This is an intro/summary.  The post, including a chart tracking cites to Schmitt, is below the fold.

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The Search for Authority

Gerard N. Magliocca

Last month I read an excellent paper by Jamal Greene on the constitutional anti-canon. (The draft is not on SSRN but soon will be.) One interesting feature of Professor Greene's argument is that there was no anti-canon until the 1960s. Prior to that time, there were cases that people saw as wrong, but none were considered so wrong that they should be upheld as precedent of what not to do. Today, of course, some cases are used that way (e.g., Dred Scott, Plessy, Lochner, and Korematsu) by judges and scholars who want to buttress their reasoning ("My theory could never lead to one of those awful results") or attack the reasoning of others ("Your logic would lead to those awful results.")

Why did this methodological change occurred in the 1960s? With respect to race, the link between the Civil Rights Movement and the banishment of the leading cases on slavery and segregation is obvious. The connection to the liberty of contract is not as clear, but presumably the Court's development of the right of privacy (starting in Griswold) required them to find a way to sharply distinguish between those unenumerated rights and the economic liberty cases decided between the defeat of William Jennings Bryan and the reelection of Franklin D. Roosevelt.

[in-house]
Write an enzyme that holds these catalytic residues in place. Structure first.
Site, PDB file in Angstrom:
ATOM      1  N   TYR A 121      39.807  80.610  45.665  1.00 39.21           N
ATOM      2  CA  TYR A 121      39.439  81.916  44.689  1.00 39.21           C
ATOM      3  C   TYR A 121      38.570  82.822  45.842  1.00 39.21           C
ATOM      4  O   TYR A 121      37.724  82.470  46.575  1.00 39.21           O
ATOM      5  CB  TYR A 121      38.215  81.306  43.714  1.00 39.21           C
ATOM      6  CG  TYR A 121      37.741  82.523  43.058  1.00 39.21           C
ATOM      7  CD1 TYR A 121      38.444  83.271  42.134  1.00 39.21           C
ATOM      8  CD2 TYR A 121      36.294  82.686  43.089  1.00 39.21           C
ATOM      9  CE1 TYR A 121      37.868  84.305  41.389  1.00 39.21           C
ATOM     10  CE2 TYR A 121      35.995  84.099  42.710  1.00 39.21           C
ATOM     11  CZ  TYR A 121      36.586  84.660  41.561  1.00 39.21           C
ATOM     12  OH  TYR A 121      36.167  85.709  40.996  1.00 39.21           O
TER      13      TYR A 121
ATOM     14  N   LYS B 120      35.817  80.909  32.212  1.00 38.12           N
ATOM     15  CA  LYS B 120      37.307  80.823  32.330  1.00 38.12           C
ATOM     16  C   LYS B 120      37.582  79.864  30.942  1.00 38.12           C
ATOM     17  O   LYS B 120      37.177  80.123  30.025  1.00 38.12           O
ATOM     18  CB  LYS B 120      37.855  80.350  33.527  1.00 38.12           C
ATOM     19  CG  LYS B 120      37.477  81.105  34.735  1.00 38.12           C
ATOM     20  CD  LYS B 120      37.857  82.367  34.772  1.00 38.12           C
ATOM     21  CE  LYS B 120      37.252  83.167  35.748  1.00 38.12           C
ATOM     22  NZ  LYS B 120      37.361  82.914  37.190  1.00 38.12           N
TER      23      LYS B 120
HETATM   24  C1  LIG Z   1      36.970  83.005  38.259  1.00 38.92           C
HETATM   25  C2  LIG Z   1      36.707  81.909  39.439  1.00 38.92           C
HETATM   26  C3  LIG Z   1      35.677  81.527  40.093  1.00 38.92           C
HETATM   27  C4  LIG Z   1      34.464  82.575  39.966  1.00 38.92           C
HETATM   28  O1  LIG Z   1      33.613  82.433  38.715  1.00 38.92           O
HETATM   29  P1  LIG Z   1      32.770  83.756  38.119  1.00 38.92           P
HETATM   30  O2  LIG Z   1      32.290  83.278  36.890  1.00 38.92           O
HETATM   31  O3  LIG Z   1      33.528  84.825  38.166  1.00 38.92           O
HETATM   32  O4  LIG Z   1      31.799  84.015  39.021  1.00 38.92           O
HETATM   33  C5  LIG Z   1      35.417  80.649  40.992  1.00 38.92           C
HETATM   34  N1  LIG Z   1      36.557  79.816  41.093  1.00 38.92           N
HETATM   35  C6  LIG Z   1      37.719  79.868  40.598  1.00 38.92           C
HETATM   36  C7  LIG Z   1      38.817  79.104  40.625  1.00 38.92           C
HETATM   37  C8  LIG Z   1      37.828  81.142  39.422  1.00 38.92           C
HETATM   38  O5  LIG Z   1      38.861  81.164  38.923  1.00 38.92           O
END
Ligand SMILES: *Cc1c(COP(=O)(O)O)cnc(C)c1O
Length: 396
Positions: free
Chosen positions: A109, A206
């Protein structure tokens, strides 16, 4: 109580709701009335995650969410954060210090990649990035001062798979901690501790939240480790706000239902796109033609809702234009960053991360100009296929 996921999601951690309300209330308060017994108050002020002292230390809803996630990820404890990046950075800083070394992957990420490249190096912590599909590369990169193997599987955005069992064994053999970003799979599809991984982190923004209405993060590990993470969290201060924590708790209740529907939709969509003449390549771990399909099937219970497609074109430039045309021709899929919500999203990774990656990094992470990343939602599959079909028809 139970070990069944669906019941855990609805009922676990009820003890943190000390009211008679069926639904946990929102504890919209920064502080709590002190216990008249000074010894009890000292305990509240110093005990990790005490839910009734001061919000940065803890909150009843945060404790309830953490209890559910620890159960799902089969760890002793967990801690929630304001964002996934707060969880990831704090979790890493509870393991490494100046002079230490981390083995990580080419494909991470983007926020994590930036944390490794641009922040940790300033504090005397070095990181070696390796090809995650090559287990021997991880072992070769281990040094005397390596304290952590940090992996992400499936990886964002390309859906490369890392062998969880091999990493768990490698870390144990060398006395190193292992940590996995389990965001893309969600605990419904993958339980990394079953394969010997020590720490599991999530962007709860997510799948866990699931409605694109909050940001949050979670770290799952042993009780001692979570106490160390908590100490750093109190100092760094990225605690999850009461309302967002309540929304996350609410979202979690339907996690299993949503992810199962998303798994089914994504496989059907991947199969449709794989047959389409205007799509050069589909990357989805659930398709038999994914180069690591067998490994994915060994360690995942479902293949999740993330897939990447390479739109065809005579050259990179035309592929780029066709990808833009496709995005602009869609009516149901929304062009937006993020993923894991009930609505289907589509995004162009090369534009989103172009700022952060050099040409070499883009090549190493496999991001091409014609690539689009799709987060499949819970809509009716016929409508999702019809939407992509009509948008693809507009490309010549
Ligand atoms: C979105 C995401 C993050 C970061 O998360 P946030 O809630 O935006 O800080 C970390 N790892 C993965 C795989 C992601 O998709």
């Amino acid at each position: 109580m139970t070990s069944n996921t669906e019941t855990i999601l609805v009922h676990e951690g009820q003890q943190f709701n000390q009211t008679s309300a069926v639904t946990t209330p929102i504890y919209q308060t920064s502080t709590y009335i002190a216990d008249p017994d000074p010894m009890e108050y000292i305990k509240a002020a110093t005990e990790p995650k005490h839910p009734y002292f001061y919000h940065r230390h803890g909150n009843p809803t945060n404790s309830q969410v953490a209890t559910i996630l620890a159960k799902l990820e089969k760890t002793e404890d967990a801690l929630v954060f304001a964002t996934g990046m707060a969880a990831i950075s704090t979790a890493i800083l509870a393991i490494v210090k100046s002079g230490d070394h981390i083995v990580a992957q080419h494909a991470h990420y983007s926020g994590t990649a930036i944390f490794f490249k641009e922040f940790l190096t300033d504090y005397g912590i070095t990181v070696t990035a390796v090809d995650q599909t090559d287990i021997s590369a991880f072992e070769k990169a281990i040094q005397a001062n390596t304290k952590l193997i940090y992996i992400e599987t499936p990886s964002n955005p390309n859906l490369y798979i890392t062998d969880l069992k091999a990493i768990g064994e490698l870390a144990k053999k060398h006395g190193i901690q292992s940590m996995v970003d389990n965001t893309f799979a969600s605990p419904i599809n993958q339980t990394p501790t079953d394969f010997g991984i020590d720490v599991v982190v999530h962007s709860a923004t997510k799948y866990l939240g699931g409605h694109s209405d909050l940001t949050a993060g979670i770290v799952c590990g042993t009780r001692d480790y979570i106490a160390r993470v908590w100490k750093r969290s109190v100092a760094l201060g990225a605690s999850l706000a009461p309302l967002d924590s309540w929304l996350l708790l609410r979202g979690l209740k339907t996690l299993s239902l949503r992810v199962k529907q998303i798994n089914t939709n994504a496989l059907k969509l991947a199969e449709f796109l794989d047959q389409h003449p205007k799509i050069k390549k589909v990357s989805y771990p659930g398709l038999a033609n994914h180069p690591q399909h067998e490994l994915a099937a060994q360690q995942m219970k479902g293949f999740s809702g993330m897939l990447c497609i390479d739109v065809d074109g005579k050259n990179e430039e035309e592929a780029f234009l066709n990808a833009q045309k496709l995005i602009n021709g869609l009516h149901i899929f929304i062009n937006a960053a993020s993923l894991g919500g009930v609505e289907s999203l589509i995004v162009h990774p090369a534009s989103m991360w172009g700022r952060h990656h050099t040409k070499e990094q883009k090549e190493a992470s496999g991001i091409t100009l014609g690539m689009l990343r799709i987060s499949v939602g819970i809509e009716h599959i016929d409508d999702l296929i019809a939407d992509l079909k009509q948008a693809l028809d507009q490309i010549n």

More broadly, the development of the anti-canon illustrates on ongoing problem in constitutional law. As the gap between the text and the doctrine gets wider over time, new rhetorical devices are required to synthesize those sources. My hunch is that the next stage of this process will involve the increasing use of historical counterfactuals, which is one reason why I am focusing on that tool in my own work. Hypotheticals were widely used in Roman law as authorities that were tantamount to actual decisions, and more research into that intellectual tradition is warranted.